Take deep hole drilling as an example. Deep hole drilling, including air lines, water lines and oil lines, requires knowing how to properly start the hole as well as finish it, which involves using the appropriate drill and coolant for the job. Maintaining balance and stability in deep hole applications relies on chip control and evacuation. The insert geometry being used is a large factor in determining what cutting data you can achieve. If you can create predictably sized chips, they can be evacuated more easily. Improved tooling provides solutions for these challenges and ultimately increases productivity and quality.
Cross holes also present their own set of unique challenges in moldmaking. With cross holes, there are numerous types of interruptions that mold makers deal with. Same-same is where the cross hole and existing hole are the same diameters. Smaller-larger and larger-smaller classify where the hole being created is smaller than the line you are crossing or where the hole being created is larger than the line you are crossing. Finally, half moon holes indicate that a portion of the hole being drilled breaks partway into an existing hole. In all these types of cross holes, there is a lot of interrupted cutting occurring when breaking into an existing hole, which results in tool movement due to opposing forces. Ultimately, this could cause the cutting edge to chip out or potentially fracture the tool. Knowing how much to reduce the feed helps solve these issues, and proper tooling results in fewer failures in machining cross holes due to the nature of the upgraded balanced cutting forces.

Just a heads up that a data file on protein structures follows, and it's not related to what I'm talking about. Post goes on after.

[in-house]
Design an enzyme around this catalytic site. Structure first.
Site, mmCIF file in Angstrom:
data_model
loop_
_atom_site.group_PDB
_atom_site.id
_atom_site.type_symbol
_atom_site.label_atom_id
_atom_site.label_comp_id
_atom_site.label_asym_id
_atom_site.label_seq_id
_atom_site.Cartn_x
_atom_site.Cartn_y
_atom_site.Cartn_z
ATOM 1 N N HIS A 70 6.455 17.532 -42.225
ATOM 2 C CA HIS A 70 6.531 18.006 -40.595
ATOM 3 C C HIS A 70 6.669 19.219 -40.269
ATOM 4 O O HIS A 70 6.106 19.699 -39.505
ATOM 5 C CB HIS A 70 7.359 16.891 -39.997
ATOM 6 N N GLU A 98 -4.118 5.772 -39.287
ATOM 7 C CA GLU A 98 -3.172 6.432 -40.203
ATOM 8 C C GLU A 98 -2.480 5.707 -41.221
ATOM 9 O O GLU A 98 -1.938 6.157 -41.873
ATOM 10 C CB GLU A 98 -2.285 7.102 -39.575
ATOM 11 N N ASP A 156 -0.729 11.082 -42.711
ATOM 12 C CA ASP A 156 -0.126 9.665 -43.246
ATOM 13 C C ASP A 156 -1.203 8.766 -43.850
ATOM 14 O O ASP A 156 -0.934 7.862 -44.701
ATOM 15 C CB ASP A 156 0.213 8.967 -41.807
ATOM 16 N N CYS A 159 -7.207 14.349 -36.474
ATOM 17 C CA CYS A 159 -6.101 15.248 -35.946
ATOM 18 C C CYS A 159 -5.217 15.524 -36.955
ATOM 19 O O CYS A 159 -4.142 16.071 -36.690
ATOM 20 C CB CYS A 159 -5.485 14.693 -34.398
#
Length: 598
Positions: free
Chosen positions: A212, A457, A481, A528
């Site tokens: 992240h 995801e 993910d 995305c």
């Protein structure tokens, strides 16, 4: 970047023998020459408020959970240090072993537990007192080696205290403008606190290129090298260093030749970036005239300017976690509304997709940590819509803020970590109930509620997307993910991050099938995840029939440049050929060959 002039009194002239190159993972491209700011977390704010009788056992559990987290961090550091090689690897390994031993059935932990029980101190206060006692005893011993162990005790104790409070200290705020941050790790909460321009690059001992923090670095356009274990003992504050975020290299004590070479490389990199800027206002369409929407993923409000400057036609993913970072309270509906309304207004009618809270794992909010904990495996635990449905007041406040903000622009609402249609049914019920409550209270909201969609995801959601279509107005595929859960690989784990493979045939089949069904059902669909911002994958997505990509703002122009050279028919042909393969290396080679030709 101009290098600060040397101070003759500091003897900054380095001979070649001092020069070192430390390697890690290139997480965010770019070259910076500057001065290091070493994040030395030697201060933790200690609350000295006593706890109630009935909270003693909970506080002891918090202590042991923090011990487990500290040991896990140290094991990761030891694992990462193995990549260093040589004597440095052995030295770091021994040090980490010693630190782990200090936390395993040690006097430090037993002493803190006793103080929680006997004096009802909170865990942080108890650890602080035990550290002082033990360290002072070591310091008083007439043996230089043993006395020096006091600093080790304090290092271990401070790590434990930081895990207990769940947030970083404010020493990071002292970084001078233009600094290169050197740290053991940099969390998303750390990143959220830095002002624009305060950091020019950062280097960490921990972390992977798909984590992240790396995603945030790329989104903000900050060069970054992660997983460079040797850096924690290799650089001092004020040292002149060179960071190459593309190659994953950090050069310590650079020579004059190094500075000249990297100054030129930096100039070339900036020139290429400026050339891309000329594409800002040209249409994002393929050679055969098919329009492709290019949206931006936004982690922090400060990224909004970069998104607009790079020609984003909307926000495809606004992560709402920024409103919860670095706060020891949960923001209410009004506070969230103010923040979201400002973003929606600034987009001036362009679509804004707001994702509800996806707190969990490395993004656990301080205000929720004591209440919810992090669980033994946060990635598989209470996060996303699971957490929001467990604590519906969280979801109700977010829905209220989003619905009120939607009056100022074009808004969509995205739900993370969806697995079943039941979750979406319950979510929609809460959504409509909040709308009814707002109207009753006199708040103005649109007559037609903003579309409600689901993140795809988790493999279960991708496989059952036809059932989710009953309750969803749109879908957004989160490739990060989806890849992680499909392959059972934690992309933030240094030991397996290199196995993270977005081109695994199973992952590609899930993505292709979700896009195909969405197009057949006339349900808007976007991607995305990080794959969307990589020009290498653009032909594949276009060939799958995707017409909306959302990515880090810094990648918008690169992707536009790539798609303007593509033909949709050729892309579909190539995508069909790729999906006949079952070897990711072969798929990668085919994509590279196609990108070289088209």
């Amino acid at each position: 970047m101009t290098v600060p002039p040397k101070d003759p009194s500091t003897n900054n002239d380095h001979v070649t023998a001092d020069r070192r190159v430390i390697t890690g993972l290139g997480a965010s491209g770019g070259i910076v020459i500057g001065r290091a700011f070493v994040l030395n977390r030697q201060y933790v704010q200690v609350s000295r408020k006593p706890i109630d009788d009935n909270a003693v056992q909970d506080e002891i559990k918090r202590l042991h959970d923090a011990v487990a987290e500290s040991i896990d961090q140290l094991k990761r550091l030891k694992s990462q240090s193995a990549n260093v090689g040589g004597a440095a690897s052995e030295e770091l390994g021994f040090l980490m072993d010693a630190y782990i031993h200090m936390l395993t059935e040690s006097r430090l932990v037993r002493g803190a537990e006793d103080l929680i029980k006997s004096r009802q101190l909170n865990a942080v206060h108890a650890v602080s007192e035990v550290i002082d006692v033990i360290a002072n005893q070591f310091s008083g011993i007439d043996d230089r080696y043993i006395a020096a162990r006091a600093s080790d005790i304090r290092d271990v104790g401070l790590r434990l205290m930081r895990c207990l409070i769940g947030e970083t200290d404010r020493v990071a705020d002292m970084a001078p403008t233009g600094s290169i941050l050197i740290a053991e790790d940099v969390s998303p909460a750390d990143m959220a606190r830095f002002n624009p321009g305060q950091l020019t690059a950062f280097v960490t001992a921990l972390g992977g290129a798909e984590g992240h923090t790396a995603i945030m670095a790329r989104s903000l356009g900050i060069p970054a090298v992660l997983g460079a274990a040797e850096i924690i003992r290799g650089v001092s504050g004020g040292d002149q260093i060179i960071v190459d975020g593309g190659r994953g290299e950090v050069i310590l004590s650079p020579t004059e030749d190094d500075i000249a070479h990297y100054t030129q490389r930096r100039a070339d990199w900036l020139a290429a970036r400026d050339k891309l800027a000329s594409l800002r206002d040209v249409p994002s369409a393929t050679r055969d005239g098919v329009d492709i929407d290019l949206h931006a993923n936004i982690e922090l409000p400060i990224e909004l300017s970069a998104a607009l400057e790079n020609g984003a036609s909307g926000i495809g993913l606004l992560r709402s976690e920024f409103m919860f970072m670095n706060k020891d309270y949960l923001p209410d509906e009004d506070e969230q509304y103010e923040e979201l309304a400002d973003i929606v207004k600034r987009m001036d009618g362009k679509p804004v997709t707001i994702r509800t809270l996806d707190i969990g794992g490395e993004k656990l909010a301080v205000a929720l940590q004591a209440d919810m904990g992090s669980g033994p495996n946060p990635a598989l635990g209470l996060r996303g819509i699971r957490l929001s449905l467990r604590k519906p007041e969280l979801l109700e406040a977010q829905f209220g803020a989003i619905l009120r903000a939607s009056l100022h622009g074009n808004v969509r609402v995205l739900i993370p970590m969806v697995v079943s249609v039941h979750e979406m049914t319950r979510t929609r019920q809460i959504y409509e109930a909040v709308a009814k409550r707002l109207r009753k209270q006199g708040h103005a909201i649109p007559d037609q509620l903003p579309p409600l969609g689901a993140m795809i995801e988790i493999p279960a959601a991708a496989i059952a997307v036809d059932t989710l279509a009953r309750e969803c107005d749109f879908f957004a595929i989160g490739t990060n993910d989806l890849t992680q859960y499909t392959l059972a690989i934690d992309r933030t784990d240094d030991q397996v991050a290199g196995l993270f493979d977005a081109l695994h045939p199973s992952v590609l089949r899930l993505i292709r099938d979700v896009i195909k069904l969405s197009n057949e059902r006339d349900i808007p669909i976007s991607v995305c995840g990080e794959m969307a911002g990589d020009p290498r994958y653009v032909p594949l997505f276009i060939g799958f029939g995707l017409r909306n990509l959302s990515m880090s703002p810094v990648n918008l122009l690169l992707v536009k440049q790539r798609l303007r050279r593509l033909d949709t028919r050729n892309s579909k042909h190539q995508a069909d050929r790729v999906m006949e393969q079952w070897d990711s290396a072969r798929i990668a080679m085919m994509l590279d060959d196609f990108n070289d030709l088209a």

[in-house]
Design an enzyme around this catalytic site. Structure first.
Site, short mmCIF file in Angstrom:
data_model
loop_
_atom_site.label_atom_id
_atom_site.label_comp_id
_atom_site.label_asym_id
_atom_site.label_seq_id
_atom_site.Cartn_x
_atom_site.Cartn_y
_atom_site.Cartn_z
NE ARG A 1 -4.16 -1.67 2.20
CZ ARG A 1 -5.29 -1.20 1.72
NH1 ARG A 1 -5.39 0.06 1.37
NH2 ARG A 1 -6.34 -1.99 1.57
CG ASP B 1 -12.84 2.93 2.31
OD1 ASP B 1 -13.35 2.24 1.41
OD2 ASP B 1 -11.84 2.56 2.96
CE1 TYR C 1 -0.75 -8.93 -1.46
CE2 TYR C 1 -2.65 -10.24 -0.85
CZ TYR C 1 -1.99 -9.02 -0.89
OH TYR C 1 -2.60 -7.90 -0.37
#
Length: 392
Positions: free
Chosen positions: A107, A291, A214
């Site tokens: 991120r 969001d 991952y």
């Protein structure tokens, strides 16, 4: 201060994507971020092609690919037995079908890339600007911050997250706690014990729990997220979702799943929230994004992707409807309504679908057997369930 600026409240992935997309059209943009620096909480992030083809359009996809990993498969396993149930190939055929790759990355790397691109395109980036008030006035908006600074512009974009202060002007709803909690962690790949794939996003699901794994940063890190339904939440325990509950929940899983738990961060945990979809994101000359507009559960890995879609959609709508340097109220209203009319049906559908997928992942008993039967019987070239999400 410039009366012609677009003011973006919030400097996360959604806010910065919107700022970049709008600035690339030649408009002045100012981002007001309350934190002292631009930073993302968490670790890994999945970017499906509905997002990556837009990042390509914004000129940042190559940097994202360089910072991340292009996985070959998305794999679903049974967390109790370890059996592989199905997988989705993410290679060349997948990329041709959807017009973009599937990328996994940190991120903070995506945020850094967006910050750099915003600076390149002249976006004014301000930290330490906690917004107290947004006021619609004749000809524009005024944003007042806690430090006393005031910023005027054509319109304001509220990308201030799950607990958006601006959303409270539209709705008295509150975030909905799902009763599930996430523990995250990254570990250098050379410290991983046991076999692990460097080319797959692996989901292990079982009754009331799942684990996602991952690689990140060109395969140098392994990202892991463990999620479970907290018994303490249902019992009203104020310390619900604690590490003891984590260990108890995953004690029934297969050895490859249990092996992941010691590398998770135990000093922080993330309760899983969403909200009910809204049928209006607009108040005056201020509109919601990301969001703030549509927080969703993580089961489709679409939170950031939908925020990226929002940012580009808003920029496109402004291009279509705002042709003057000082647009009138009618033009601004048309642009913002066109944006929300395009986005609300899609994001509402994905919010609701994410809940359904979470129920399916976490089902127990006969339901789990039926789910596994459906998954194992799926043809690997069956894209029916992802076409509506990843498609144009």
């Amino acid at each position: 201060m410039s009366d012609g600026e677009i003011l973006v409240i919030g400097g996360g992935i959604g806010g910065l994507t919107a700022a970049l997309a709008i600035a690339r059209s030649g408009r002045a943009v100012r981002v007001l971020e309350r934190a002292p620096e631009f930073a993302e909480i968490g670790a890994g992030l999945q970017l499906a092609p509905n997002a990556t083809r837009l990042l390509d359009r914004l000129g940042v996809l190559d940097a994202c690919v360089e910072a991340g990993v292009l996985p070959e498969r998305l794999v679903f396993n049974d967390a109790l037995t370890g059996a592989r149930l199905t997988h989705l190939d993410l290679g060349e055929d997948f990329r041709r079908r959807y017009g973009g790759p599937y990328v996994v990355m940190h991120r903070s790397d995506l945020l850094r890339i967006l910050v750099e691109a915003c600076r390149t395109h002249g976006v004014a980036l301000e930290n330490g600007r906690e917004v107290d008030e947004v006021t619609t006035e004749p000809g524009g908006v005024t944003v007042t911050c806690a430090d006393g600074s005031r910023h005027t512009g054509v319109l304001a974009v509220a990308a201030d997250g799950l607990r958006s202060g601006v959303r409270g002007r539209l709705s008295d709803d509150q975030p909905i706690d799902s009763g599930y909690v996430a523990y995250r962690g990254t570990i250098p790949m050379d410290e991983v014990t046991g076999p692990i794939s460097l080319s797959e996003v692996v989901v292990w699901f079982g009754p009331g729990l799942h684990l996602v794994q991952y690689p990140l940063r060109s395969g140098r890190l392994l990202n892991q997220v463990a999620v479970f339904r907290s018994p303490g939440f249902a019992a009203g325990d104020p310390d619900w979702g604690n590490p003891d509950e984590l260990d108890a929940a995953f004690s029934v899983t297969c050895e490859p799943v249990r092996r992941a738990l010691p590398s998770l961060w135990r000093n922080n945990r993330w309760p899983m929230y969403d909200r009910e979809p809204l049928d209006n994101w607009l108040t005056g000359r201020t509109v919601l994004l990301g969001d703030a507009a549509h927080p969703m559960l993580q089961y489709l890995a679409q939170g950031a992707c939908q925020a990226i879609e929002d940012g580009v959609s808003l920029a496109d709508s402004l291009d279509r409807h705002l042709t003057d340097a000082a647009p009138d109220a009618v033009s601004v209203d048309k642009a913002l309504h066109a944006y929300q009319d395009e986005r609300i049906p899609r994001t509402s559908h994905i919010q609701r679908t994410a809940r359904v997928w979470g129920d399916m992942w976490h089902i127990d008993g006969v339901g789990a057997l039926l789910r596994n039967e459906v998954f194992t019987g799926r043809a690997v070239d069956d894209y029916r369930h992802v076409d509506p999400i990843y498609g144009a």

Although not as frequently encountered, challenges with boring
and finishing are also present in moldmaking. For the few areas where high tolerance holes are required, digital boring heads are advantageous because they help eliminate operator error when setting boring diameters. Digital boring heads include a readout
that displays the actual movement on diameter when an adjustment is made. This makes compensating for any backlash much easier. Wohlhaupter boring kits, which offer a broad selection of diameter ranges, ultimately satisfy the needs of many mold shops with unique machining application needs because of the versatile setups and improved readiness.
While high finish tolerance is not as necessary in bolt clearance holes or holes that will be threaded, finish is still critical in some mold making applications. For example, water lines need to have a good surface finish because of the fluid dynamic needs. Many mold makers expect the drill they use to give them the finish they need, yet they should be looking at their tooling capabilities more closely in instances where surface finish is critical. Finally, finish is also necessary in some larger diameter holes that will have bushings pressed into them. Here, size and straightness are critical within one or two thousandths of an inch (0.0254mm – 0.0508mm); however, there are drills that consistently machine within this tolerance.
All in all, in order to overcome the challenges of holemaking and finishing in moldmaking, it is necessary to keep up with the newest tooling innovations.